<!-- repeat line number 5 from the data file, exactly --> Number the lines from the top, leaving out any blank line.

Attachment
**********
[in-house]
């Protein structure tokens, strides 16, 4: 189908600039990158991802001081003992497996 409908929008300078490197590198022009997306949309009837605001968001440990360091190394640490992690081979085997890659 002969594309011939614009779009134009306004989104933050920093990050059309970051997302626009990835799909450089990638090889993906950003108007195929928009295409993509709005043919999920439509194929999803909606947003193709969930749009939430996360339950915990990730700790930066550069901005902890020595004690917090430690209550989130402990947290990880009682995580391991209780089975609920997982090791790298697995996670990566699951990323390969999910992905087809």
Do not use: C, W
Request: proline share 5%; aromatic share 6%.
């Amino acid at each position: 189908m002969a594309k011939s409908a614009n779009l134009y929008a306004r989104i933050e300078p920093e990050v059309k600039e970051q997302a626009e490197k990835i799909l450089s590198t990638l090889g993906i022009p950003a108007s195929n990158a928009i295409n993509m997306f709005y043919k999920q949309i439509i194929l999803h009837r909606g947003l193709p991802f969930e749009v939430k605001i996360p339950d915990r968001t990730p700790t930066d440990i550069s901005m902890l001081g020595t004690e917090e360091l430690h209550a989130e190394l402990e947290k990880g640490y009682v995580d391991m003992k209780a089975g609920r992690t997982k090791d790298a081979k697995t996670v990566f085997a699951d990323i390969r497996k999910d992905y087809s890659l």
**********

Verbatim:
């Amino acid at each position: 189908m002969a594309k011939s409908a614009n779009l134009y929008a306004r989104i933050e300078p920093e990050v059309k600039e970051q997302a626009e490197k990835i799909l450089s590198t990638l090889g993906i022009p950003a108007s195929n990158a928009i295409n993509m997306f709005y043919k999920q949309i439509i194929l999803h009837r909606g947003l193709p991802f969930e749009v939430k605001i996360p339950d915990r968001t990730p700790t930066d440990i550069s901005m902890l001081g020595t004690e917090e360091l430690h209550a989130e190394l402990e947290k990880g640490y009682v995580d391991m003992k209780a089975g609920r992690t997982k090791d790298a081979k697995t996670v990566f085997a699951d990323i390969r497996k999910d992905y087809s890659l």